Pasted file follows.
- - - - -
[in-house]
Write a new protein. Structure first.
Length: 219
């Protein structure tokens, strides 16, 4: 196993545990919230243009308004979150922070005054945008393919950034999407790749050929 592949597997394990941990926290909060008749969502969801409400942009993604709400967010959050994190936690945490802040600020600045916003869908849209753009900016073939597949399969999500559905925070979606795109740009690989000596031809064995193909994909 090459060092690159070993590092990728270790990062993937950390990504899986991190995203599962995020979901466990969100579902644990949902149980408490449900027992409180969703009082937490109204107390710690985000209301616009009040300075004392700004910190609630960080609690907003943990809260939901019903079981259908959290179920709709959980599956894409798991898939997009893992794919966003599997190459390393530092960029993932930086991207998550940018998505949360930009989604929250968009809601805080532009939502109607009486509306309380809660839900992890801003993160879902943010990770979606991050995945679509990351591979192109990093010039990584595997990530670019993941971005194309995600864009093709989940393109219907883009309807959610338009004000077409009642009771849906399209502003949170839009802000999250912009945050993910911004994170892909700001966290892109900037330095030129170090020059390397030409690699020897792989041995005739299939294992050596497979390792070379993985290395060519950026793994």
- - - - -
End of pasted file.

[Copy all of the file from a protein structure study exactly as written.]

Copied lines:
[in-house]
Write a new protein. Structure first.
Length: 219
């Protein structure tokens, strides 16, 4: 196993545990919230243009308004979150922070005054945008393919950034999407790749050929 592949597997394990941990926290909060008749969502969801409400942009993604709400967010959050994190936690945490802040600020600045916003869908849209753009900016073939597949399969999500559905925070979606795109740009690989000596031809064995193909994909 090459060092690159070993590092990728270790990062993937950390990504899986991190995203599962995020979901466990969100579902644990949902149980408490449900027992409180969703009082937490109204107390710690985000209301616009009040300075004392700004910190609630960080609690907003943990809260939901019903079981259908959290179920709709959980599956894409798991898939997009893992794919966003599997190459390393530092960029993932930086991207998550940018998505949360930009989604929250968009809601805080532009939502109607009486509306309380809660839900992890801003993160879902943010990770979606991050995945679509990351591979192109990093010039990584595997990530670019993941971005194309995600864009093709989940393109219907883009309807959610338009004000077409009642009771849906399209502003949170839009802000999250912009945050993910911004994170892909700001966290892109900037330095030129170090020059390397030409690699020897792989041995005739299939294992050596497979390792070379993985290395060519950026793994």